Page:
By Brock Jolly
The College Funding Coach
For most high school graduates, a college education has become an expectation, rather than an option. For many families, the exorbitant cost of higher education has made paying for this rite of passage more like a PhD in microeconomics.
The good news is that there is a solution.
As a financial advisor, I see many families with varying degrees of wealth. The majority of these families have their money in two places — their home equity and their qualified retirement plans, including IRAs and 401(k) plans.
When it comes time to pay for college, neither of these two resources is particularly liquid. In many cases, the family finances look great for retirement; but parents still have to get over the hurdle of paying for college education for their children at a cost of $20,000 to $40,000, and for exclusive private schools that amount can hit $60,000 per child, per year.
Little-Known Secrets of Paying for College
While it’s true that for most of us, our homes are one of our most valuable assets, we are generally given 30 years or more to pay it off. For college, though, you’ll have to pay those huge costs over a four-year period, or face a lifetime of student loan debt.
Educating people about the best approach to college savings, therefore, has been an area that I’ve focused on since 2002. That’s when I created a class for parents called, “Little-Known Secrets of Paying for College.”
It is specifically geared toward teaching parents the rules of the game when it comes to paying for higher education. It is taught through the adult education program in many counties, and the goal is to help parents understand the rules of qualifying for financial aid — and to create strategies for paying for college with minimal out-of-pocket expense.
Separating myth from reality
Many parents believe that, because of their net worth or income, there is little chance of qualifying for need-based aid. Other parents mistakenly presume that aid is plentiful, and they shouldn’t have to worry about paying for college.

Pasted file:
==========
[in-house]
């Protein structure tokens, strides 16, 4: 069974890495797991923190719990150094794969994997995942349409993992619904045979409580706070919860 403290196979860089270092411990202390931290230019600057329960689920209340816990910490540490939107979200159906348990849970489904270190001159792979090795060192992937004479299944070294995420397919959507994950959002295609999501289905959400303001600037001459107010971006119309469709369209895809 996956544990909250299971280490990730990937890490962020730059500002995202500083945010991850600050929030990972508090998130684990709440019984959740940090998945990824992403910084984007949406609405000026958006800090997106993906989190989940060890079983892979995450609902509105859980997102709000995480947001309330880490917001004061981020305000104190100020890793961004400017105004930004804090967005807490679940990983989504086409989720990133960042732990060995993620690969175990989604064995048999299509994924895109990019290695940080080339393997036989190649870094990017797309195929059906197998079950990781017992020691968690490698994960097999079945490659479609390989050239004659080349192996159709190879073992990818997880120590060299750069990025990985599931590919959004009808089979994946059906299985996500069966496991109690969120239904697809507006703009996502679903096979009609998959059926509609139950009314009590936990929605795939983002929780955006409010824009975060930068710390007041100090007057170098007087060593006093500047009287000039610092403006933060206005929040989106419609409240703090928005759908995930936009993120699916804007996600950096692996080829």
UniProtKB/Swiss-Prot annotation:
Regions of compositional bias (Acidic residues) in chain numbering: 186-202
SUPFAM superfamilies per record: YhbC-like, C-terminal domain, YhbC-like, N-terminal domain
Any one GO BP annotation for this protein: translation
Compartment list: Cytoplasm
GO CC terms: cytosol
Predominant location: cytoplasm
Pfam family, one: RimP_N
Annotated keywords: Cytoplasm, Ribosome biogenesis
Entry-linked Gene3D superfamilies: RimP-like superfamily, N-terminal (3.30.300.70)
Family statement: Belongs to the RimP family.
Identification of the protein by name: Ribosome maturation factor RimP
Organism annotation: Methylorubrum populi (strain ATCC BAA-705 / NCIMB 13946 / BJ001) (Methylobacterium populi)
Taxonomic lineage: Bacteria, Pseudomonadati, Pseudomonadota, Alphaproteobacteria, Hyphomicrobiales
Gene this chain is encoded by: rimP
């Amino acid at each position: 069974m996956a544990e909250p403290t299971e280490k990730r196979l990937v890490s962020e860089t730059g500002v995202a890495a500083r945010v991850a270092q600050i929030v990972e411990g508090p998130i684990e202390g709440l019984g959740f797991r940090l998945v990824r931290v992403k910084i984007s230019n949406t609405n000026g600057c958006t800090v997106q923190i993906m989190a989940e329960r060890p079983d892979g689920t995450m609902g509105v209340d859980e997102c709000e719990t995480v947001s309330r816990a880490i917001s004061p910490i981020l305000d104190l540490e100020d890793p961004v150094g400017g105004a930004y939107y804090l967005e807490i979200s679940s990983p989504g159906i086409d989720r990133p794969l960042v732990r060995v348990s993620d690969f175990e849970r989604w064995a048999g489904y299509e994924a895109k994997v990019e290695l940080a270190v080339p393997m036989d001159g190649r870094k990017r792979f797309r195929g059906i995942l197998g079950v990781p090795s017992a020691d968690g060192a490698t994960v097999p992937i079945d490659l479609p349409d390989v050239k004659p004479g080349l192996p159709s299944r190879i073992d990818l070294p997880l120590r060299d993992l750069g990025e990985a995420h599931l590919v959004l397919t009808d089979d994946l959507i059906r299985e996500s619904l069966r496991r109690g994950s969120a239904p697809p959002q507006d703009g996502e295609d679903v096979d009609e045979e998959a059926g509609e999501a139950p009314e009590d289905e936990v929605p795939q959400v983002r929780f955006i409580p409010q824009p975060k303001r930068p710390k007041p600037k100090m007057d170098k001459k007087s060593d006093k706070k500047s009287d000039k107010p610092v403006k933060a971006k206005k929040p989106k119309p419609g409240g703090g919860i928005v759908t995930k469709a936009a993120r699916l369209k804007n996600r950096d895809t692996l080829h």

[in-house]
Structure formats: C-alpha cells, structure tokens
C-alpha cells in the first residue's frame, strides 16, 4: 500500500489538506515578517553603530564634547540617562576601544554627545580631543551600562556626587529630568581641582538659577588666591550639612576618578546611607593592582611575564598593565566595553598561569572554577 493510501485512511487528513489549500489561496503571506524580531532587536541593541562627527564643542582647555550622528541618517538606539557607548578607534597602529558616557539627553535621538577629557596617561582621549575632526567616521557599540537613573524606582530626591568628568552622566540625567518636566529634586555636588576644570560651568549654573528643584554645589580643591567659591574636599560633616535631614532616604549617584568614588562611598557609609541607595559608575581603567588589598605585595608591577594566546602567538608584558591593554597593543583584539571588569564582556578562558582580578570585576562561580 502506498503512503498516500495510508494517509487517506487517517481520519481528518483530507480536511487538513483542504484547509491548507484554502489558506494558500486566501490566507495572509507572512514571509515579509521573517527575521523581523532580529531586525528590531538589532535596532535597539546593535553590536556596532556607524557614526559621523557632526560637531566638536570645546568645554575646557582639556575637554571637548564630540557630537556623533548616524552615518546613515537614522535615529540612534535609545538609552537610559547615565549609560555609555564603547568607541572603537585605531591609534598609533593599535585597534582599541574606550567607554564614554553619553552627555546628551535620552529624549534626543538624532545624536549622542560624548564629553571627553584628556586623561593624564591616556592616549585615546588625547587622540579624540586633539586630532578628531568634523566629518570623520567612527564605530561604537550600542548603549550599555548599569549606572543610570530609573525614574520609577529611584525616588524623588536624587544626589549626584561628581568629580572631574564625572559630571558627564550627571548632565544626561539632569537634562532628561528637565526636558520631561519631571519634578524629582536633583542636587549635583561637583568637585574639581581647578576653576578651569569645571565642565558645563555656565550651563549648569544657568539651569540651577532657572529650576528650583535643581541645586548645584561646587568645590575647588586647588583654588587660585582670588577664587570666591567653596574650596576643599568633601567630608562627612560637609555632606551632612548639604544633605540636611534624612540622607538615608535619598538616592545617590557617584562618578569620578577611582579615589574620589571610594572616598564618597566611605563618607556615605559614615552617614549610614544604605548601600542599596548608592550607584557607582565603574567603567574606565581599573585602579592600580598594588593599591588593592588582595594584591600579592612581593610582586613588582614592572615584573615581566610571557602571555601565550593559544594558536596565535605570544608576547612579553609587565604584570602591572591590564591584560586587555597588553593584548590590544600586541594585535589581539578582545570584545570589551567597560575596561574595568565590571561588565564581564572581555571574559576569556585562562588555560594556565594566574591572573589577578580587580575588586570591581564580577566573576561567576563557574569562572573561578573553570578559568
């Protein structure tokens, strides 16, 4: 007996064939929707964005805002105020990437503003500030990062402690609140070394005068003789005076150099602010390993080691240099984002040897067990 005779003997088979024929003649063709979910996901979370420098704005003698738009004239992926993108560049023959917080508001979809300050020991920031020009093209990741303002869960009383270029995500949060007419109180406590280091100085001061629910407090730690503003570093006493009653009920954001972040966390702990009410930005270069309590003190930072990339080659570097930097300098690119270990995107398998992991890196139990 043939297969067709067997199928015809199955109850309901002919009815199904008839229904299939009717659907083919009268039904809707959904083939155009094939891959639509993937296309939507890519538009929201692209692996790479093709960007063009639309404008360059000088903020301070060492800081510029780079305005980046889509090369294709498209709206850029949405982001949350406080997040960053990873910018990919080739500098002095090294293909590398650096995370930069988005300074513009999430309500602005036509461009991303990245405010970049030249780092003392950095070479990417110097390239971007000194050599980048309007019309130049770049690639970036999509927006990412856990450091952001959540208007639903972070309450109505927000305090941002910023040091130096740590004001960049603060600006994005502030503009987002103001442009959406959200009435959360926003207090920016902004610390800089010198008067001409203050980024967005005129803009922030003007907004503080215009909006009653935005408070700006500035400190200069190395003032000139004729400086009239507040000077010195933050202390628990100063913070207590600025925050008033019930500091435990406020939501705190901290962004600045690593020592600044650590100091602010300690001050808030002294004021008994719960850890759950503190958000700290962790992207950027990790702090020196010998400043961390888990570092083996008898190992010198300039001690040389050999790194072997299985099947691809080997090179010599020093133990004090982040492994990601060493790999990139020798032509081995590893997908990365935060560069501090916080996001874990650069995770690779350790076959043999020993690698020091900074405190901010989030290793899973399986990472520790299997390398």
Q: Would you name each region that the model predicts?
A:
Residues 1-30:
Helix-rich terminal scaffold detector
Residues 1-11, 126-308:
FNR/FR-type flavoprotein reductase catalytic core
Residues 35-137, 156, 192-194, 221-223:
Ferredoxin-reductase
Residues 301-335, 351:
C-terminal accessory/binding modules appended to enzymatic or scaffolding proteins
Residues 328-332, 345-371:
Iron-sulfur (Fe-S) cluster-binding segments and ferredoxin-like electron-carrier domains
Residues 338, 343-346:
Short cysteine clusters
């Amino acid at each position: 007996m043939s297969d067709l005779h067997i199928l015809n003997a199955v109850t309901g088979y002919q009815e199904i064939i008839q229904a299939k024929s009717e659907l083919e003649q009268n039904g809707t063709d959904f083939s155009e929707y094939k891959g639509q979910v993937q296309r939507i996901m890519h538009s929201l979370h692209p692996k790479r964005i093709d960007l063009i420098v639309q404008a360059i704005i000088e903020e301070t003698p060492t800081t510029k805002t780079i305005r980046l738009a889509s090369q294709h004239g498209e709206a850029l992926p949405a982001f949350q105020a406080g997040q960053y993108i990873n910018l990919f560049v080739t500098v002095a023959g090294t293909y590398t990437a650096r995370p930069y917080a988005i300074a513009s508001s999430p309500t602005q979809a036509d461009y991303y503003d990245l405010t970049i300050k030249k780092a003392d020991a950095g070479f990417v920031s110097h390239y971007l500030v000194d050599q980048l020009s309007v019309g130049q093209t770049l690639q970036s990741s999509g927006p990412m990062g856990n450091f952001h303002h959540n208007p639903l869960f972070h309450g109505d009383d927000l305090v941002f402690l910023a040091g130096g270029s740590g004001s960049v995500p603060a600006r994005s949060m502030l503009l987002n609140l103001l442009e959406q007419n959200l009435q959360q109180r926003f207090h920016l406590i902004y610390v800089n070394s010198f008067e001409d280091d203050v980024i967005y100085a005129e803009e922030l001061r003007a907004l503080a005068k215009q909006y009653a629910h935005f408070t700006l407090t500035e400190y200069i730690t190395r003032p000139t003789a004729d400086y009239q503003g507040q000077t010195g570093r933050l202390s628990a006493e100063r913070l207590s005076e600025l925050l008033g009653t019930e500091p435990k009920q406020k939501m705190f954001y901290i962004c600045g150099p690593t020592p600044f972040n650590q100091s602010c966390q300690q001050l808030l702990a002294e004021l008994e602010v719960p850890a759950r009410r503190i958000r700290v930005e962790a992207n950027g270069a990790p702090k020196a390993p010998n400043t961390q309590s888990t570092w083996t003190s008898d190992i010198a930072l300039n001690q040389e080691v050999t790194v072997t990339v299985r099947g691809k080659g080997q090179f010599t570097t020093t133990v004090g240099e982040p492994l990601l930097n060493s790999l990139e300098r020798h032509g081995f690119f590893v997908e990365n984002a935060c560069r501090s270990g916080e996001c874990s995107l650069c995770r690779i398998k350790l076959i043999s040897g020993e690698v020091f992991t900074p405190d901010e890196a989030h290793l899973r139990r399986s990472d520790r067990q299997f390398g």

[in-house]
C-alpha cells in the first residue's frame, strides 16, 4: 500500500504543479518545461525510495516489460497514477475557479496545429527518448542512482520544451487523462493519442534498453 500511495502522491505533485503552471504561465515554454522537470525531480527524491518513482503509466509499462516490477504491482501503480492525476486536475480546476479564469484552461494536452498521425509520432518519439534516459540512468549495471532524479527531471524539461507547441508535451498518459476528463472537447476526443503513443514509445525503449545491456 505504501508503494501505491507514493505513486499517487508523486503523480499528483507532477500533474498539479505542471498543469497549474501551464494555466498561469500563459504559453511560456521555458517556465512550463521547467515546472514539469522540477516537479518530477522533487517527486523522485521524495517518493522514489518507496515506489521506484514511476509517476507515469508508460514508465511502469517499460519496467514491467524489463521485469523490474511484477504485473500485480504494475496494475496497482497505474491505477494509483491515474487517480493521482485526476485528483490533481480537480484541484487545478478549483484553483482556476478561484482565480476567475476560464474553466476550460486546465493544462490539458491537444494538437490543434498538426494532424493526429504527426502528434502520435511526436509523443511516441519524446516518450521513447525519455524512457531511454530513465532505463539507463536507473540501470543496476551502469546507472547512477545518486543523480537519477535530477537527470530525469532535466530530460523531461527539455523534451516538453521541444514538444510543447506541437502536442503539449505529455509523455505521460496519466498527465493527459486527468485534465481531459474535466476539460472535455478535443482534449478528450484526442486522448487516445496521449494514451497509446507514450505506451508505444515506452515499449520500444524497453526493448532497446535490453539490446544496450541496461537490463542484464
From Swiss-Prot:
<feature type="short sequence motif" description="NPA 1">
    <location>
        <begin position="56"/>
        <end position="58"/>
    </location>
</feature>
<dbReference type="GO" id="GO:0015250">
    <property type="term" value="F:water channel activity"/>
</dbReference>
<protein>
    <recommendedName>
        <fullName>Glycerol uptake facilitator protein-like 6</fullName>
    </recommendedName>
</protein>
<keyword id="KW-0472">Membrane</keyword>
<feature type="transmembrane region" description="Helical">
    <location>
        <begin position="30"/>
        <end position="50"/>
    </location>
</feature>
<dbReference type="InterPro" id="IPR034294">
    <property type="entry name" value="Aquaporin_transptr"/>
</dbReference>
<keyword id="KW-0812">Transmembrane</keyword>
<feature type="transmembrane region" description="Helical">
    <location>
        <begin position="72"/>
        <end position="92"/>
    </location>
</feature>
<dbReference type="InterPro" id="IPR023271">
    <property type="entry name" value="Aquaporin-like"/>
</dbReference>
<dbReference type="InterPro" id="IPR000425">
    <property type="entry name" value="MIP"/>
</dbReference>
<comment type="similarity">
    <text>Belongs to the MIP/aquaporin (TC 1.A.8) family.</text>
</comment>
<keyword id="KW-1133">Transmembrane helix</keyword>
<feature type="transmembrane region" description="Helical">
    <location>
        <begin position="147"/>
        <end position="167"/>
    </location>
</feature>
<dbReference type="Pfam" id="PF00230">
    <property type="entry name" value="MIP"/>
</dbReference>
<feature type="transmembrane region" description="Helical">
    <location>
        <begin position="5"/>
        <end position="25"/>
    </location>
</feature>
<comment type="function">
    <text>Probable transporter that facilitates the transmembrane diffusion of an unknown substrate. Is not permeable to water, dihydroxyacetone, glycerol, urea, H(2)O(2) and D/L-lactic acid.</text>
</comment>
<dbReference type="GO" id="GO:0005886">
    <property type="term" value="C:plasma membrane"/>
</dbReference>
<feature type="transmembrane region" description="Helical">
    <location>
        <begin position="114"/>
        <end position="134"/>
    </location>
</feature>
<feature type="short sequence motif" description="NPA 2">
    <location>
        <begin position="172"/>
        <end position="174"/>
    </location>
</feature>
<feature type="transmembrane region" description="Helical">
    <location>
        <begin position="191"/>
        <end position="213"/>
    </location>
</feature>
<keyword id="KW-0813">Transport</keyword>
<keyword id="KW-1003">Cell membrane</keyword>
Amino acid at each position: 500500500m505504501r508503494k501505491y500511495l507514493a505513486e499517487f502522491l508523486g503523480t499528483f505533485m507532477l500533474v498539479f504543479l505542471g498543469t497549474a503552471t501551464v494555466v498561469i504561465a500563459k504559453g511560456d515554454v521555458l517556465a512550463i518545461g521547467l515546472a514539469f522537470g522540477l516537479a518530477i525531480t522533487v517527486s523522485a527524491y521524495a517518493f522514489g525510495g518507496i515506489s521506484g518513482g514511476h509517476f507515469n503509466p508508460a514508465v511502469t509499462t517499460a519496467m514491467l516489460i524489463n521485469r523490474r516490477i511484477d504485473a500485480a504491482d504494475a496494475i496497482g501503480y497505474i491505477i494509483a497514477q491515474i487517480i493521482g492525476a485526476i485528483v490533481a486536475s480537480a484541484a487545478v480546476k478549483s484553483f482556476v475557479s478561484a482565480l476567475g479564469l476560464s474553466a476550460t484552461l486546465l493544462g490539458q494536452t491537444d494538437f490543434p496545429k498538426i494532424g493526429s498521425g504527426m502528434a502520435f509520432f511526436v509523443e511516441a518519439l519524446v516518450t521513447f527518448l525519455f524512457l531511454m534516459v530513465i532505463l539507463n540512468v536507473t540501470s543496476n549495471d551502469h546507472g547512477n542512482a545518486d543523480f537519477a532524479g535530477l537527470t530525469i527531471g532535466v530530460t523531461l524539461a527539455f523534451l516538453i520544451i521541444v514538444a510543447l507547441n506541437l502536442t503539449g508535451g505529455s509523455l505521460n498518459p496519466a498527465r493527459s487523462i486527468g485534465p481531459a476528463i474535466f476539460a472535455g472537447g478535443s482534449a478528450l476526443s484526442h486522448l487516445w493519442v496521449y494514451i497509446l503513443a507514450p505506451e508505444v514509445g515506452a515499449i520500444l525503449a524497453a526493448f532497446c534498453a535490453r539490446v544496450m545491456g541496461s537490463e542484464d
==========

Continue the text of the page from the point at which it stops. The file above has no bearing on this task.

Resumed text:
The key is to have and execute a strategy.
1. First and foremost, parents need to know the formulas for determining aid to draw the proverbial “line in the sand.” Armed with this knowledge, parents can determine their likelihood of garnering need-based assistance.
2. If your chances of getting money for school are good, it’s important to develop strategies for qualifying for the maximum possible award. However, if the Expected Family Contribution (EFC) result is higher-than-anticipated, we help families develop strategies for maximizing their wealth and creating sustainable long-term strategies for paying for college.
3. Ultimately, the strategies vary depending upon the financial circumstances of the family. Keep in mind that it’s possible to legally shift assets into non-assessable accounts in order to qualify for a higher level of aid.
4. It’s also possible to implement strategies to help a family receive a tax deduction of up to $8,000 per child per year. When I am working with a business owner, one approach is to shift income from the parents’ higher tax bracket to the child’s lower bracket, ultimately giving them more liquidity to pay for college.
The bottom line
Because my goal is to help families make their college dreams significantly more affordable, in the upcoming issues of Be Inkandescent magazine, I’ll provide more detail about these strategies to help parents better understand the rules of the game. Talk to you next month.
About Brock Jolly
Columbus, Indiana native Brock Jolly has been a financial planner at Capitol Financial Partners since 2001. He holds a certification in Long-Term Care (CLTC) designation, and since 2006 has had a Certified Financial Planner (CFP®) designation from the American College in Bryn Mawr. Brock was a Qualifying Member of the prestigious Million Dollar Round Table that year.
Brock specializes in creating long-term relationships with clients and their families. He has also worked with numerous employers to provide both core and voluntary benefits packages to their employees, including 401(k) retirement plans and unique strategies for implementing health insurance benefits at manageable costs to employers.
Brock’s focus today is on adult education to help families save for college. His course, “Little Known Secrets of Paying for College,” teaches parents how to finance a college education without jeopardizing their own retirement savings.
Brock Jolly is a registered representative of and offers securities, investment advisory and financial planning services through MML Investors Services, Inc., member SIPC. Supervisory Office: 1410 Spring Hill Road, suite 425, McLean VA 22102.